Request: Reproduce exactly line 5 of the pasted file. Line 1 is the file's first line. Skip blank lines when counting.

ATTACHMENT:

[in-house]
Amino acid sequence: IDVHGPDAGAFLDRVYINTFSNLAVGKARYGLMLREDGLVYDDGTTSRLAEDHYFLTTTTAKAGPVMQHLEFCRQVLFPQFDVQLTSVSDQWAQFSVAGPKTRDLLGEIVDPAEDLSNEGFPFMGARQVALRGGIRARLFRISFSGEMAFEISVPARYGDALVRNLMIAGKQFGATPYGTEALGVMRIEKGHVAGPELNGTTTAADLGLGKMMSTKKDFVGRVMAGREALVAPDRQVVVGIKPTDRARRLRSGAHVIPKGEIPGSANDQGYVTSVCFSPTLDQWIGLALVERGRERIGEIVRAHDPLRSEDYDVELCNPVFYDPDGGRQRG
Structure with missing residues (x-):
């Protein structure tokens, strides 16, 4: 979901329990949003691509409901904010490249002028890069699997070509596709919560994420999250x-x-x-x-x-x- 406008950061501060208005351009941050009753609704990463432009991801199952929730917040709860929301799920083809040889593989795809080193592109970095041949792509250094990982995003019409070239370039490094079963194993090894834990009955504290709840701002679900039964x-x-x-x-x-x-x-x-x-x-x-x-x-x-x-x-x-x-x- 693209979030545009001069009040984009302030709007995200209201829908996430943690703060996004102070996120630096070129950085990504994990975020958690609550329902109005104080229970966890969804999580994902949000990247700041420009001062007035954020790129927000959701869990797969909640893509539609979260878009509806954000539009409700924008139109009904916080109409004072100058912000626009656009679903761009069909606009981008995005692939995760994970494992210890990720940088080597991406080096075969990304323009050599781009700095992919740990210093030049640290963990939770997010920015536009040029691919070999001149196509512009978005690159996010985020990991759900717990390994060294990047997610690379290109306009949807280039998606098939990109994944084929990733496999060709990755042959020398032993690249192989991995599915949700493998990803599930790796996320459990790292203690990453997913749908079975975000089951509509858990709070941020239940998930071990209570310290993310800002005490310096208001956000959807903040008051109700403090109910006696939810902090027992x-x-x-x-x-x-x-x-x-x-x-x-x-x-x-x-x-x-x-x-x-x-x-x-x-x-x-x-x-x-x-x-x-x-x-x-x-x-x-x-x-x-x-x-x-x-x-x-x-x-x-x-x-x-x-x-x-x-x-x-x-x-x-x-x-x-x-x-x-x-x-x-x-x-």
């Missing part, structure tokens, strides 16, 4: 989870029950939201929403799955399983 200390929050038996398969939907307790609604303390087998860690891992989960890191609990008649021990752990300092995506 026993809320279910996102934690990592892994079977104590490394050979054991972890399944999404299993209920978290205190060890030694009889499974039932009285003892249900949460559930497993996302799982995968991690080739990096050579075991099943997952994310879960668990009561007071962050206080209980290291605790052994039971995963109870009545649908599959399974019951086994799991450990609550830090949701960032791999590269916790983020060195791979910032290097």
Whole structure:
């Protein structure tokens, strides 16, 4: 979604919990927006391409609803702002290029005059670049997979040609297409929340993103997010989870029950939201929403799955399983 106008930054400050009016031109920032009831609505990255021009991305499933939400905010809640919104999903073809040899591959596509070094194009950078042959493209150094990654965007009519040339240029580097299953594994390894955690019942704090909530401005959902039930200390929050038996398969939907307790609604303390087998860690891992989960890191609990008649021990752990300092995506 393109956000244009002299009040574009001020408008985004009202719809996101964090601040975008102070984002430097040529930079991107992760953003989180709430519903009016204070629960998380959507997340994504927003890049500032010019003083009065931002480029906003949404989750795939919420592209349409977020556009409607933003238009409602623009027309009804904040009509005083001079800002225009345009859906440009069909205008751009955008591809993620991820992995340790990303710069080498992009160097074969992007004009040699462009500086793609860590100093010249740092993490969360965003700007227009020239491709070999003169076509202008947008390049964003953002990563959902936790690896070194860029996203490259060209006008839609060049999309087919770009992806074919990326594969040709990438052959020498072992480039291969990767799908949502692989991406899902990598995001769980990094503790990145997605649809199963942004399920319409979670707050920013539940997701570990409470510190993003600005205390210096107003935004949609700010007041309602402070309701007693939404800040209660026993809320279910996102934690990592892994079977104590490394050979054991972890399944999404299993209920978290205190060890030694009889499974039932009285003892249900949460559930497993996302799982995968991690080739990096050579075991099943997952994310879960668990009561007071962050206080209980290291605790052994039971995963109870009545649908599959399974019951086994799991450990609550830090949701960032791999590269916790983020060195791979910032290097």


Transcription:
């Missing part, structure tokens, strides 16, 4: 989870029950939201929403799955399983 200390929050038996398969939907307790609604303390087998860690891992989960890191609990008649021990752990300092995506 026993809320279910996102934690990592892994079977104590490394050979054991972890399944999404299993209920978290205190060890030694009889499974039932009285003892249900949460559930497993996302799982995968991690080739990096050579075991099943997952994310879960668990009561007071962050206080209980290291605790052994039971995963109870009545649908599959399974019951086994799991450990609550830090949701960032791999590269916790983020060195791979910032290097």